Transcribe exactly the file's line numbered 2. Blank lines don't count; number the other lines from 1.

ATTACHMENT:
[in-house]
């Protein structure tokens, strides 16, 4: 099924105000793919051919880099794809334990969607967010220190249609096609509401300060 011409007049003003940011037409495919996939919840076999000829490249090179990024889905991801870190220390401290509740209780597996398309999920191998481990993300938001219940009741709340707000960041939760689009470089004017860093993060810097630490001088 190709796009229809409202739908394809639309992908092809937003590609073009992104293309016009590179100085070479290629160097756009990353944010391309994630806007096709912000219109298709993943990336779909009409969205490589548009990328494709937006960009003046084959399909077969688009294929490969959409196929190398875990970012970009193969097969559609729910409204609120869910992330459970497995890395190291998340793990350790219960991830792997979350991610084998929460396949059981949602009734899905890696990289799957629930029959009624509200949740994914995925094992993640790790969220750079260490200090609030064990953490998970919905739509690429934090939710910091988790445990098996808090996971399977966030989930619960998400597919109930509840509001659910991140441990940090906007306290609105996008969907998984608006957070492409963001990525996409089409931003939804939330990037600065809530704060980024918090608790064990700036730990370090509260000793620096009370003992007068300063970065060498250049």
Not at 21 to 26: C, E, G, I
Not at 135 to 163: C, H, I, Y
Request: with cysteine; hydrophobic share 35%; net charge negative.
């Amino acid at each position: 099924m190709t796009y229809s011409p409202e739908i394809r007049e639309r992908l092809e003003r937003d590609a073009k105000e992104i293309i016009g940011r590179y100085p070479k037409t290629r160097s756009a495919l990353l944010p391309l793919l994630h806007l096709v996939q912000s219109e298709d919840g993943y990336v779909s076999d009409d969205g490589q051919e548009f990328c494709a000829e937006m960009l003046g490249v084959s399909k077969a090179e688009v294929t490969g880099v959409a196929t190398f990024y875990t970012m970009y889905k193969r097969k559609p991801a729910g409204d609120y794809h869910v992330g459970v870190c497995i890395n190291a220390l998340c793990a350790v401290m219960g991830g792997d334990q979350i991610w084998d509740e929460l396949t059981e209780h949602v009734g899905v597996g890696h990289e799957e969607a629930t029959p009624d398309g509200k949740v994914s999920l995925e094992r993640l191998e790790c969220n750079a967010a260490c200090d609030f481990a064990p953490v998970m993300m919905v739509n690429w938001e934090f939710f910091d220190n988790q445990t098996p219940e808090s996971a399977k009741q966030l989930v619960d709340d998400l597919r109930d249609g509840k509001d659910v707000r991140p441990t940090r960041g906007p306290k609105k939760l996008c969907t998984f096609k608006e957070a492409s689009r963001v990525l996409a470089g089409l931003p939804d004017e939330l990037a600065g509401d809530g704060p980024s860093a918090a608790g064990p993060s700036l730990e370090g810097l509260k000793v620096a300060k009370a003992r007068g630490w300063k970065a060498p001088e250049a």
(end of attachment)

């Protein structure tokens, strides 16, 4: 099924105000793919051919880099794809334990969607967010220190249609096609509401300060 011409007049003003940011037409495919996939919840076999000829490249090179990024889905991801870190220390401290509740209780597996398309999920191998481990993300938001219940009741709340707000960041939760689009470089004017860093993060810097630490001088 190709796009229809409202739908394809639309992908092809937003590609073009992104293309016009590179100085070479290629160097756009990353944010391309994630806007096709912000219109298709993943990336779909009409969205490589548009990328494709937006960009003046084959399909077969688009294929490969959409196929190398875990970012970009193969097969559609729910409204609120869910992330459970497995890395190291998340793990350790219960991830792997979350991610084998929460396949059981949602009734899905890696990289799957629930029959009624509200949740994914995925094992993640790790969220750079260490200090609030064990953490998970919905739509690429934090939710910091988790445990098996808090996971399977966030989930619960998400597919109930509840509001659910991140441990940090906007306290609105996008969907998984608006957070492409963001990525996409089409931003939804939330990037600065809530704060980024918090608790064990700036730990370090509260000793620096009370003992007068300063970065060498250049």